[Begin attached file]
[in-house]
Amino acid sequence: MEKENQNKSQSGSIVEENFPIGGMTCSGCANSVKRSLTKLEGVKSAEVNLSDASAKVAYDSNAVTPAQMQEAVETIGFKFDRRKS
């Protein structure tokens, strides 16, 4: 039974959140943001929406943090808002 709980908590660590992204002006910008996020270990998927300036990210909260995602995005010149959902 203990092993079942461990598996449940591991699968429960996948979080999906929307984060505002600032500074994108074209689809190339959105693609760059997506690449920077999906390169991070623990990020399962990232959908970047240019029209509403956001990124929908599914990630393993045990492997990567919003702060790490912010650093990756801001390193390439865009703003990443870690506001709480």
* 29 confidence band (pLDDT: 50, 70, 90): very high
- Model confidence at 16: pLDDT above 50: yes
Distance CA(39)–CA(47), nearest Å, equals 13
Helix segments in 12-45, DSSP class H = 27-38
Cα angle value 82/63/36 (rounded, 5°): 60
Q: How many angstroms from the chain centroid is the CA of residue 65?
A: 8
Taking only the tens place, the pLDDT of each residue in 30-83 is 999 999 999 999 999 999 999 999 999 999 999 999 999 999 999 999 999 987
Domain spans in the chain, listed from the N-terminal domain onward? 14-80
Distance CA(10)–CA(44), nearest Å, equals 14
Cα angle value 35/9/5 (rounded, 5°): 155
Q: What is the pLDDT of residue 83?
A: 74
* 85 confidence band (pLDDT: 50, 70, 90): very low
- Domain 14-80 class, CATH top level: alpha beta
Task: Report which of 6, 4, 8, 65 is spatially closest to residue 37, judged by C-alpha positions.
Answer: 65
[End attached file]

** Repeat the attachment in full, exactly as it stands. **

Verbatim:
[in-house]
Amino acid sequence: MEKENQNKSQSGSIVEENFPIGGMTCSGCANSVKRSLTKLEGVKSAEVNLSDASAKVAYDSNAVTPAQMQEAVETIGFKFDRRKS
């Protein structure tokens, strides 16, 4: 039974959140943001929406943090808002 709980908590660590992204002006910008996020270990998927300036990210909260995602995005010149959902 203990092993079942461990598996449940591991699968429960996948979080999906929307984060505002600032500074994108074209689809190339959105693609760059997506690449920077999906390169991070623990990020399962990232959908970047240019029209509403956001990124929908599914990630393993045990492997990567919003702060790490912010650093990756801001390193390439865009703003990443870690506001709480």
* 29 confidence band (pLDDT: 50, 70, 90): very high
- Model confidence at 16: pLDDT above 50: yes
Distance CA(39)–CA(47), nearest Å, equals 13
Helix segments in 12-45, DSSP class H = 27-38
Cα angle value 82/63/36 (rounded, 5°): 60
Q: How many angstroms from the chain centroid is the CA of residue 65?
A: 8
Taking only the tens place, the pLDDT of each residue in 30-83 is 999 999 999 999 999 999 999 999 999 999 999 999 999 999 999 999 999 987
Domain spans in the chain, listed from the N-terminal domain onward? 14-80
Distance CA(10)–CA(44), nearest Å, equals 14
Cα angle value 35/9/5 (rounded, 5°): 155
Q: What is the pLDDT of residue 83?
A: 74
* 85 confidence band (pLDDT: 50, 70, 90): very low
- Domain 14-80 class, CATH top level: alpha beta
Task: Report which of 6, 4, 8, 65 is spatially closest to residue 37, judged by C-alpha positions.
Answer: 65